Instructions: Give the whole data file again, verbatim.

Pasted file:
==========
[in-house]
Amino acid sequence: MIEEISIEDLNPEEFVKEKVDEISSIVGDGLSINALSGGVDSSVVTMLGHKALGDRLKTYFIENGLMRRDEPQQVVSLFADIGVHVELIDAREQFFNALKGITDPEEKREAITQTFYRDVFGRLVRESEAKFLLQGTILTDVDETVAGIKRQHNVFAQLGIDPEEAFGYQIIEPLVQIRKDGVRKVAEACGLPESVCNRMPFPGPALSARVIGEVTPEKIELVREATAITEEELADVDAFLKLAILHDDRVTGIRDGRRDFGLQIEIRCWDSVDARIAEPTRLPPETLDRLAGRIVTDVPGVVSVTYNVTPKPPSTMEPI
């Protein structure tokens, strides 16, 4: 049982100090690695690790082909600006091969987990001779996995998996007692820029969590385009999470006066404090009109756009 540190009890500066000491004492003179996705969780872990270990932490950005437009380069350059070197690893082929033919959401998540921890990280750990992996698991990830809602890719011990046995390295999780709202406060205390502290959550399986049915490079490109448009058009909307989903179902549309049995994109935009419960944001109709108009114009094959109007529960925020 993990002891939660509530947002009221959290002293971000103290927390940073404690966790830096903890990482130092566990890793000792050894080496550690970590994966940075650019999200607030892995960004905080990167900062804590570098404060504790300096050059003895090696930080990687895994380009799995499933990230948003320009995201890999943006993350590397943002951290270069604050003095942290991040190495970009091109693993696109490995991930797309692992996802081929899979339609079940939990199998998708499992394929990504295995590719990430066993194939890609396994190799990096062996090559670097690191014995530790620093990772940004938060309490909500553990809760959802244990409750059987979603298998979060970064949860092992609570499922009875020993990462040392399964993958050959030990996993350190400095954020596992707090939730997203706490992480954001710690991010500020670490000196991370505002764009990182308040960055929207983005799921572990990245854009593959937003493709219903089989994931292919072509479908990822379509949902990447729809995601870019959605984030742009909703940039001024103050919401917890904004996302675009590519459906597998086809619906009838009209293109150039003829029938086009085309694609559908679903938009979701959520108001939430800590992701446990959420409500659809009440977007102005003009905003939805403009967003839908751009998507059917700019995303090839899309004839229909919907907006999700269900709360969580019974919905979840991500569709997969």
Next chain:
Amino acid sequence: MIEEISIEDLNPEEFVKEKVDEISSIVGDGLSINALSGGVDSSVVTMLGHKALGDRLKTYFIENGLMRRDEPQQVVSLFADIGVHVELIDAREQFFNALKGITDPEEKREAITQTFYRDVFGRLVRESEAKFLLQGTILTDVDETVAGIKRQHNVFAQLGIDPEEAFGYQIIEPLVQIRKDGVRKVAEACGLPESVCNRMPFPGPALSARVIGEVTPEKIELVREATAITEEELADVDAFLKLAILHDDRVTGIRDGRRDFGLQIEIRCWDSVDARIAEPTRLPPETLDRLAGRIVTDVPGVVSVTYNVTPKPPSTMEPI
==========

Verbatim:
[in-house]
Amino acid sequence: MIEEISIEDLNPEEFVKEKVDEISSIVGDGLSINALSGGVDSSVVTMLGHKALGDRLKTYFIENGLMRRDEPQQVVSLFADIGVHVELIDAREQFFNALKGITDPEEKREAITQTFYRDVFGRLVRESEAKFLLQGTILTDVDETVAGIKRQHNVFAQLGIDPEEAFGYQIIEPLVQIRKDGVRKVAEACGLPESVCNRMPFPGPALSARVIGEVTPEKIELVREATAITEEELADVDAFLKLAILHDDRVTGIRDGRRDFGLQIEIRCWDSVDARIAEPTRLPPETLDRLAGRIVTDVPGVVSVTYNVTPKPPSTMEPI
């Protein structure tokens, strides 16, 4: 049982100090690695690790082909600006091969987990001779996995998996007692820029969590385009999470006066404090009109756009 540190009890500066000491004492003179996705969780872990270990932490950005437009380069350059070197690893082929033919959401998540921890990280750990992996698991990830809602890719011990046995390295999780709202406060205390502290959550399986049915490079490109448009058009909307989903179902549309049995994109935009419960944001109709108009114009094959109007529960925020 993990002891939660509530947002009221959290002293971000103290927390940073404690966790830096903890990482130092566990890793000792050894080496550690970590994966940075650019999200607030892995960004905080990167900062804590570098404060504790300096050059003895090696930080990687895994380009799995499933990230948003320009995201890999943006993350590397943002951290270069604050003095942290991040190495970009091109693993696109490995991930797309692992996802081929899979339609079940939990199998998708499992394929990504295995590719990430066993194939890609396994190799990096062996090559670097690191014995530790620093990772940004938060309490909500553990809760959802244990409750059987979603298998979060970064949860092992609570499922009875020993990462040392399964993958050959030990996993350190400095954020596992707090939730997203706490992480954001710690991010500020670490000196991370505002764009990182308040960055929207983005799921572990990245854009593959937003493709219903089989994931292919072509479908990822379509949902990447729809995601870019959605984030742009909703940039001024103050919401917890904004996302675009590519459906597998086809619906009838009209293109150039003829029938086009085309694609559908679903938009979701959520108001939430800590992701446990959420409500659809009440977007102005003009905003939805403009967003839908751009998507059917700019995303090839899309004839229909919907907006999700269900709360969580019974919905979840991500569709997969």
Next chain:
Amino acid sequence: MIEEISIEDLNPEEFVKEKVDEISSIVGDGLSINALSGGVDSSVVTMLGHKALGDRLKTYFIENGLMRRDEPQQVVSLFADIGVHVELIDAREQFFNALKGITDPEEKREAITQTFYRDVFGRLVRESEAKFLLQGTILTDVDETVAGIKRQHNVFAQLGIDPEEAFGYQIIEPLVQIRKDGVRKVAEACGLPESVCNRMPFPGPALSARVIGEVTPEKIELVREATAITEEELADVDAFLKLAILHDDRVTGIRDGRRDFGLQIEIRCWDSVDARIAEPTRLPPETLDRLAGRIVTDVPGVVSVTYNVTPKPPSTMEPI